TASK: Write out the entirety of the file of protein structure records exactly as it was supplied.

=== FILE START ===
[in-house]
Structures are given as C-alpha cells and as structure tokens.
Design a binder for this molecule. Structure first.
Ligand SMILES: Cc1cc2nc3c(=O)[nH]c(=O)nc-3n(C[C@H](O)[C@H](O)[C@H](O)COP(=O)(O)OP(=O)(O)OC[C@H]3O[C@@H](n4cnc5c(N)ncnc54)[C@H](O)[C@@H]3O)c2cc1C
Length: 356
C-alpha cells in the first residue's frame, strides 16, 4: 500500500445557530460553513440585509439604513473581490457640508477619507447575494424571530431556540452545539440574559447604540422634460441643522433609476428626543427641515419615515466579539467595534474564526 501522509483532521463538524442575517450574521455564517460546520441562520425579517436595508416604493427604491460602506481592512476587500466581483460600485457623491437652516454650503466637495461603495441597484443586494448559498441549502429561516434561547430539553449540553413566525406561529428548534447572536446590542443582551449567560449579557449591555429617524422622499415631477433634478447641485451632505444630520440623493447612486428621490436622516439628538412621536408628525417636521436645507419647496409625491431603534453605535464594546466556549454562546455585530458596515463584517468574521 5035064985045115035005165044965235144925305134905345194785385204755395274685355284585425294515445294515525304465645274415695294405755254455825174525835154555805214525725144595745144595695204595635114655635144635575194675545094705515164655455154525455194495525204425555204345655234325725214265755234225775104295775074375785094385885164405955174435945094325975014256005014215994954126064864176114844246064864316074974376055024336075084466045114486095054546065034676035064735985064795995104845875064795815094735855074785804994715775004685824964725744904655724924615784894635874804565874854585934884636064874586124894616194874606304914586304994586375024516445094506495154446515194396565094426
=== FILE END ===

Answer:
[in-house]
Structures are given as C-alpha cells and as structure tokens.
Design a binder for this molecule. Structure first.
Ligand SMILES: Cc1cc2nc3c(=O)[nH]c(=O)nc-3n(C[C@H](O)[C@H](O)[C@H](O)COP(=O)(O)OP(=O)(O)OC[C@H]3O[C@@H](n4cnc5c(N)ncnc54)[C@H](O)[C@@H]3O)c2cc1C
Length: 356
C-alpha cells in the first residue's frame, strides 16, 4: 500500500445557530460553513440585509439604513473581490457640508477619507447575494424571530431556540452545539440574559447604540422634460441643522433609476428626543427641515419615515466579539467595534474564526 501522509483532521463538524442575517450574521455564517460546520441562520425579517436595508416604493427604491460602506481592512476587500466581483460600485457623491437652516454650503466637495461603495441597484443586494448559498441549502429561516434561547430539553449540553413566525406561529428548534447572536446590542443582551449567560449579557449591555429617524422622499415631477433634478447641485451632505444630520440623493447612486428621490436622516439628538412621536408628525417636521436645507419647496409625491431603534453605535464594546466556549454562546455585530458596515463584517468574521 5035064985045115035005165044965235144925305134905345194785385204755395274685355284585425294515445294515525304465645274415695294405755254455825174525835154555805214525725144595745144595695204595635114655635144635575194675545094705515164655455154525455194495525204425555204345655234325725214265755234225775104295775074375785094385885164405955174435945094325975014256005014215994954126064864176114844246064864316074974376055024336075084466045114486095054546065034676035064735985064795995104845875064795815094735855074785804994715775004685824964725744904655724924615784894635874804565874854585934884636064874586124894616194874606304914586304994586375024516445094506495154446515194396565094426